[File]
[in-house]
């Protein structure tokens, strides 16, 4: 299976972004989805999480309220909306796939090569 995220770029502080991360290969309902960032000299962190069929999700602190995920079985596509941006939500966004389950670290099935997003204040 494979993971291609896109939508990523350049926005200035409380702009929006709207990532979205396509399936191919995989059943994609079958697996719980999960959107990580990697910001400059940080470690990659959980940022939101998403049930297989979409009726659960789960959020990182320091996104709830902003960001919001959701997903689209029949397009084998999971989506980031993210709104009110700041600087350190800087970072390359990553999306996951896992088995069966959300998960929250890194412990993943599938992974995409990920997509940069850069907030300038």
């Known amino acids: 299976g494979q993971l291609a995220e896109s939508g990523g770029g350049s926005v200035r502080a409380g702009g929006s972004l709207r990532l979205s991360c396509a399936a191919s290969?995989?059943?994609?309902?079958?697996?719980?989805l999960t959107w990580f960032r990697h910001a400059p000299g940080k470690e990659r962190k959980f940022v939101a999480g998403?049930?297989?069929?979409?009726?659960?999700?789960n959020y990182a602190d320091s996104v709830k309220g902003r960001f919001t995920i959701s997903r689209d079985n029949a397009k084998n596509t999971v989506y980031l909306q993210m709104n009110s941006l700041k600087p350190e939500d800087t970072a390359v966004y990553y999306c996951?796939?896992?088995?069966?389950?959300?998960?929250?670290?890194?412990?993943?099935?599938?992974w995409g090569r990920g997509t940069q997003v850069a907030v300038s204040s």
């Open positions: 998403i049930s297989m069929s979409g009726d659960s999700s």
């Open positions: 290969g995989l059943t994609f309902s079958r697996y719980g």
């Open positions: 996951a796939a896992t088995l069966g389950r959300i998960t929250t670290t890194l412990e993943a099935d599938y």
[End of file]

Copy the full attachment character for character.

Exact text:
[in-house]
């Protein structure tokens, strides 16, 4: 299976972004989805999480309220909306796939090569 995220770029502080991360290969309902960032000299962190069929999700602190995920079985596509941006939500966004389950670290099935997003204040 494979993971291609896109939508990523350049926005200035409380702009929006709207990532979205396509399936191919995989059943994609079958697996719980999960959107990580990697910001400059940080470690990659959980940022939101998403049930297989979409009726659960789960959020990182320091996104709830902003960001919001959701997903689209029949397009084998999971989506980031993210709104009110700041600087350190800087970072390359990553999306996951896992088995069966959300998960929250890194412990993943599938992974995409990920997509940069850069907030300038």
């Known amino acids: 299976g494979q993971l291609a995220e896109s939508g990523g770029g350049s926005v200035r502080a409380g702009g929006s972004l709207r990532l979205s991360c396509a399936a191919s290969?995989?059943?994609?309902?079958?697996?719980?989805l999960t959107w990580f960032r990697h910001a400059p000299g940080k470690e990659r962190k959980f940022v939101a999480g998403?049930?297989?069929?979409?009726?659960?999700?789960n959020y990182a602190d320091s996104v709830k309220g902003r960001f919001t995920i959701s997903r689209d079985n029949a397009k084998n596509t999971v989506y980031l909306q993210m709104n009110s941006l700041k600087p350190e939500d800087t970072a390359v966004y990553y999306c996951?796939?896992?088995?069966?389950?959300?998960?929250?670290?890194?412990?993943?099935?599938?992974w995409g090569r990920g997509t940069q997003v850069a907030v300038s204040s």
């Open positions: 998403i049930s297989m069929s979409g009726d659960s999700s």
């Open positions: 290969g995989l059943t994609f309902s079958r697996y719980g």
């Open positions: 996951a796939a896992t088995l069966g389950r959300i998960t929250t670290t890194l412990e993943a099935d599938y």